Donate

If you want to help us in our mission to neuter all the wild and stray cats in Tenerife, then please use the donate button below.

If you would prefer to make a Donation through our Bank Account, please see the "Our Funding" link for our Bank Details. Thank you.

All donations will be gratefully received and registered as charitable donations to be used solely for the care and neutering of cats in Tenerife.

CIF Number: G76545284.

Registration number: G1/S1/-17700-12/TF.

IMPORTANT INFORMATION.... PLEASE READ!

From the 1st January 2012 all pet dogs, cats and ferrets (including guide and hearing dogs) can enter or re-enter the UK without quarantine provided they meet the rules of the scheme, which will be different depending on the country the pet is coming from.Animals which do not meet all the rules must be licensed into quarantine. They might then be able to obtain early release if they can be shown to comply with the necessary pet travel requirements.

•What you need to do if you are entering the UK from the EU and listed non-EU countries (see which countries apply)
•What you need to do if you are entering the UK from unlisted non-EU countries (see which countries are unlisted)

What you need to do if you are entering the UK from the EU and listed non-EU countries

Preparing your dog, cat or ferret

•Step 1 – Have your pet microchipped – Before any of the other procedures for pet travel are carried out, your pet must be fitted with a microchip so it can be properly identified.
•Step 2 – Have your pet vaccinated – After the microchip has been fitted your pet must be vaccinated against rabies. There is no exemption to this requirement, even if your pet has a current rabies vaccination. Rabies boosters must be kept up to date.The length of the waiting period before entry to the UK is 21 days after the vaccination date. If the vaccination is in two parts the 21 day wait will be from the date of the second vaccination.
•Step 3 – Get pet travel documentation – For animals being prepared in an EU country, you should get an EU pet passport. If you are preparing your animal in a non-EU listed country you will need to obtain an official third country veterinary certificate although note that Croatia, Gibraltar, Norway, San Marino and Switzerland are also issuing passports.
•Step 4 – Tapeworm treatment – We expect the European Commission to shortly come forward with proposals to allow UK to still require pets to be treated against tapeworms. There will be no mandatory requirement for tick treatment.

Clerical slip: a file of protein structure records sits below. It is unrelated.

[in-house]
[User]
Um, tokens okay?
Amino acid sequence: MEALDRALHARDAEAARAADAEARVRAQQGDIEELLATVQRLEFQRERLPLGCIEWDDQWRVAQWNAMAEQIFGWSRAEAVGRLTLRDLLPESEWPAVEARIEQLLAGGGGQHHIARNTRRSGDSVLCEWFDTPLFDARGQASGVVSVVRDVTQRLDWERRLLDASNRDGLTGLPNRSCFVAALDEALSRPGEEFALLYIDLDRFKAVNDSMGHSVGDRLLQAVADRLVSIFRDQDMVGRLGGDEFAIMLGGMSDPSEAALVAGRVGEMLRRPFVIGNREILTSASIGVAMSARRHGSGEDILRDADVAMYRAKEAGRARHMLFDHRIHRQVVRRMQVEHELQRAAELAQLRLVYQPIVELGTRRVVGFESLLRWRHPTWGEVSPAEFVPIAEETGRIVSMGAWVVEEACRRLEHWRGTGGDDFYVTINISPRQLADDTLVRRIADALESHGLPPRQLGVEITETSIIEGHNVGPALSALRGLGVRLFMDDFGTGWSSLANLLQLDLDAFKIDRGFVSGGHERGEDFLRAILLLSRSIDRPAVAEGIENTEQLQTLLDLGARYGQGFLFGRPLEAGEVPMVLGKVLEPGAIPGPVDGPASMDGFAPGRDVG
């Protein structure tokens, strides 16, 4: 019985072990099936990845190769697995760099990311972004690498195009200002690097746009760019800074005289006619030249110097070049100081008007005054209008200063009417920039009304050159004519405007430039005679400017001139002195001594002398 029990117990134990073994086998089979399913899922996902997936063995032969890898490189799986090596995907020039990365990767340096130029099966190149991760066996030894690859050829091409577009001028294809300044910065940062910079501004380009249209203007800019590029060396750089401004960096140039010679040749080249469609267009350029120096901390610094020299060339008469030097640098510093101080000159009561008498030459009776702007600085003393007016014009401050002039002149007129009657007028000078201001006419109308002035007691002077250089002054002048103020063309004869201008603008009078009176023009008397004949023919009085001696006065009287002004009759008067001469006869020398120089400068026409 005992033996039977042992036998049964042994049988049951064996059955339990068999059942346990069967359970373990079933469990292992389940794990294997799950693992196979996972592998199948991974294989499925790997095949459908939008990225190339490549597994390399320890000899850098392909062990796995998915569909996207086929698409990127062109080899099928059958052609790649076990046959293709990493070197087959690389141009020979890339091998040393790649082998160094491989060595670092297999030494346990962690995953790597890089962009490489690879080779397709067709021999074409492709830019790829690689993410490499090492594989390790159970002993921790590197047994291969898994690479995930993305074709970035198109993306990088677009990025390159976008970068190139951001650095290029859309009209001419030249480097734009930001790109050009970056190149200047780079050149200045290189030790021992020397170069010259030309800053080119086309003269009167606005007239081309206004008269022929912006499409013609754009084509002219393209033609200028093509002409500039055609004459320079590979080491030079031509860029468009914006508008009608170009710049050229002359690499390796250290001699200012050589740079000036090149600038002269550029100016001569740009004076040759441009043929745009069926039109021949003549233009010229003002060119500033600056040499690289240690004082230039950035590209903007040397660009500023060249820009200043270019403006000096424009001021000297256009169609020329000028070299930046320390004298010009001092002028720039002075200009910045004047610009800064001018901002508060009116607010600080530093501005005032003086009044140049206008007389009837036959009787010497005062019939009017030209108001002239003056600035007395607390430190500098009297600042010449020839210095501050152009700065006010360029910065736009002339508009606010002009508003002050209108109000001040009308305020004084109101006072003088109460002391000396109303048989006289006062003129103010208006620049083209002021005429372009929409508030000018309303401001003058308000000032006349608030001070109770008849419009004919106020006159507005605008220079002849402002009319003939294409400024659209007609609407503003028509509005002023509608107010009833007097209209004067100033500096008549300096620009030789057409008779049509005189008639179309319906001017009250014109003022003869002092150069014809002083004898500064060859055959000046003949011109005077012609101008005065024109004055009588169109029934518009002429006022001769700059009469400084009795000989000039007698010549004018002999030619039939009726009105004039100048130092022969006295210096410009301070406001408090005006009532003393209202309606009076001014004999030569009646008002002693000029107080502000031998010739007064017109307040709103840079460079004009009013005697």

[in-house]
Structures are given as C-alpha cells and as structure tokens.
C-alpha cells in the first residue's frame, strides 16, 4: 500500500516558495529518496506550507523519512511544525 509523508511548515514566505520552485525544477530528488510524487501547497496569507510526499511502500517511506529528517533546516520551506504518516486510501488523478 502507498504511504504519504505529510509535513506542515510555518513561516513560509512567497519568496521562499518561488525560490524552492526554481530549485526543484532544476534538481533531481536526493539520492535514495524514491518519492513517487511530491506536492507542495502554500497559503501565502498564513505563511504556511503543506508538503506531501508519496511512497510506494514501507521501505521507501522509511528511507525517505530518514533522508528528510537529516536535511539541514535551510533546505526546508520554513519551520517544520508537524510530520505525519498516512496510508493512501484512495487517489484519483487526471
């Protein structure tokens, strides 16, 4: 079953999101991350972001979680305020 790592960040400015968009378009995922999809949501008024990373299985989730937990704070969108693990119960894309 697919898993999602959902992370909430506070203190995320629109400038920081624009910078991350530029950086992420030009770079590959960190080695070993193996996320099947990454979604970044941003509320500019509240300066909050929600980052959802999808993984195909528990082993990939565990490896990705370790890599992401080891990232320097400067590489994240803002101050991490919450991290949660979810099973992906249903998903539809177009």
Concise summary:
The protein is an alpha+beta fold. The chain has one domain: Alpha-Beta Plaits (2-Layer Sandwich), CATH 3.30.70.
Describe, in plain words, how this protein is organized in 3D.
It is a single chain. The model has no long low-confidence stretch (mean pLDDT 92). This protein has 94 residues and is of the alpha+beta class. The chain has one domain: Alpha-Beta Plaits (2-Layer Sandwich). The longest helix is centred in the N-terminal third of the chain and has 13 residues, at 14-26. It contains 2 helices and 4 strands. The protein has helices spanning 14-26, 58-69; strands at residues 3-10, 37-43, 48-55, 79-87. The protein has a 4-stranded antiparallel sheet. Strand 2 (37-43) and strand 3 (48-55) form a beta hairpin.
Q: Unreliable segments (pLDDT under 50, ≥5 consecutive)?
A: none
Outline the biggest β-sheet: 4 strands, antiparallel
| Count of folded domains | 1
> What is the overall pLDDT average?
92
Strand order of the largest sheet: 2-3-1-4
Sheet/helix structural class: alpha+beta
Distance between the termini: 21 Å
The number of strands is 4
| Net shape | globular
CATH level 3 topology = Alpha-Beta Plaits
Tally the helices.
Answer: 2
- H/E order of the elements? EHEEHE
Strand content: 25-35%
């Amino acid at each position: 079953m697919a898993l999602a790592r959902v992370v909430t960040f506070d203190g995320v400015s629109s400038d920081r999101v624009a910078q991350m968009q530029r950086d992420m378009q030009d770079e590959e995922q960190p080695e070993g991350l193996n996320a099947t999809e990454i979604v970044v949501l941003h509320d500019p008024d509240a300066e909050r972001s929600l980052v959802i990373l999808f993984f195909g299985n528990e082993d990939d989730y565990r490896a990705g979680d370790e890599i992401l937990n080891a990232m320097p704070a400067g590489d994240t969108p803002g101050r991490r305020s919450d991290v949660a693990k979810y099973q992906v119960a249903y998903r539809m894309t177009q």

•Step 5 – Arrange for your animal to travel with an approved transport company on an authorised route – Your pet must enter the UK from a listed country travelling with an approved transport company on an authorised route.

What you need to do if you are entering the UK from unlisted non-EU countries
Preparing your dog, cat or ferret

•Step 1 – Have your pet microchipped – Before any of the other procedures for pet travel are carried out, your pet must be fitted with a microchip so it can be properly identified.
•Step 2 – Have your pet vaccinated – After the microchip has been fitted your pet must be vaccinated against rabies. There is no exemption to this requirement, even if your pet has a current rabies vaccination. Rabies boosters must be kept up to date.
•Step 3 – Arrange a blood test – After your pet has been vaccinated, it must be blood tested to make sure the vaccine has given it a satisfactory level of protection against rabies. The blood sample must be taken at least 30 days after vaccination. The length of the waiting period before entry to the UK is three calendar months from the date your vet took the blood sample which led to a satisfactory test result. The 3 month waiting period will not apply if your pet was vaccinated and blood tested in the EU and issued with an EU pet passport before it went to an unlisted unlisted country
•Step 4 – Get pet travel documentation –You will need to obtain an official third country veterinary.
•Step 5 – Tapeworm treatment – We expect the European Commission to shortly come forward with proposals to allows the UK to still require pets to be treated against tapeworms. There will be no mandatory requirement for tick treatment.
•Step 6 – Arrange for your animal to travel with an approved transport company on an authorised route –





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